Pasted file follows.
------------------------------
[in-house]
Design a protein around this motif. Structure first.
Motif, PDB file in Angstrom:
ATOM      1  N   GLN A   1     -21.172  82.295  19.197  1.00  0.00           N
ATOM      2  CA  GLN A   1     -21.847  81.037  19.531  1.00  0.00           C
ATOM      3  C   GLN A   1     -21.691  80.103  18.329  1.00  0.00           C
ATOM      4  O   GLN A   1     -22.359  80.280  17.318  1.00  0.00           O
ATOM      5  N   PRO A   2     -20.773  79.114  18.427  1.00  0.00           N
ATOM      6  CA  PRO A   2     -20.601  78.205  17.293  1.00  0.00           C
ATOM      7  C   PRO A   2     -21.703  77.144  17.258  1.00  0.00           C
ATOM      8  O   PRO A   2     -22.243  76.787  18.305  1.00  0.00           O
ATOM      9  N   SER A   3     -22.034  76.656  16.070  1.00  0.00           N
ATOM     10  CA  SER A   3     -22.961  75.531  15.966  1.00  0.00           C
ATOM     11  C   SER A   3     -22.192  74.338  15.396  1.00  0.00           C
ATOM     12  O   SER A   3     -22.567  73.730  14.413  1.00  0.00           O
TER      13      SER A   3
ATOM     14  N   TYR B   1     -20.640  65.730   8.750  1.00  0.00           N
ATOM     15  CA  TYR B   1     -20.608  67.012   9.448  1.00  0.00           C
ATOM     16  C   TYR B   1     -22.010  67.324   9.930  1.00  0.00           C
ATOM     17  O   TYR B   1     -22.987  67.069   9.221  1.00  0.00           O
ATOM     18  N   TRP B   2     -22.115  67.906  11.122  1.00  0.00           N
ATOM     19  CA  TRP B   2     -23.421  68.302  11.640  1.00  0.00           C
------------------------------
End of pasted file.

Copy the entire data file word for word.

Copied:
[in-house]
Design a protein around this motif. Structure first.
Motif, PDB file in Angstrom:
ATOM      1  N   GLN A   1     -21.172  82.295  19.197  1.00  0.00           N
ATOM      2  CA  GLN A   1     -21.847  81.037  19.531  1.00  0.00           C
ATOM      3  C   GLN A   1     -21.691  80.103  18.329  1.00  0.00           C
ATOM      4  O   GLN A   1     -22.359  80.280  17.318  1.00  0.00           O
ATOM      5  N   PRO A   2     -20.773  79.114  18.427  1.00  0.00           N
ATOM      6  CA  PRO A   2     -20.601  78.205  17.293  1.00  0.00           C
ATOM      7  C   PRO A   2     -21.703  77.144  17.258  1.00  0.00           C
ATOM      8  O   PRO A   2     -22.243  76.787  18.305  1.00  0.00           O
ATOM      9  N   SER A   3     -22.034  76.656  16.070  1.00  0.00           N
ATOM     10  CA  SER A   3     -22.961  75.531  15.966  1.00  0.00           C
ATOM     11  C   SER A   3     -22.192  74.338  15.396  1.00  0.00           C
ATOM     12  O   SER A   3     -22.567  73.730  14.413  1.00  0.00           O
TER      13      SER A   3
ATOM     14  N   TYR B   1     -20.640  65.730   8.750  1.00  0.00           N
ATOM     15  CA  TYR B   1     -20.608  67.012   9.448  1.00  0.00           C
ATOM     16  C   TYR B   1     -22.010  67.324   9.930  1.00  0.00           C
ATOM     17  O   TYR B   1     -22.987  67.069   9.221  1.00  0.00           O
ATOM     18  N   TRP B   2     -22.115  67.906  11.122  1.00  0.00           N
ATOM     19  CA  TRP B   2     -23.421  68.302  11.640  1.00  0.00           C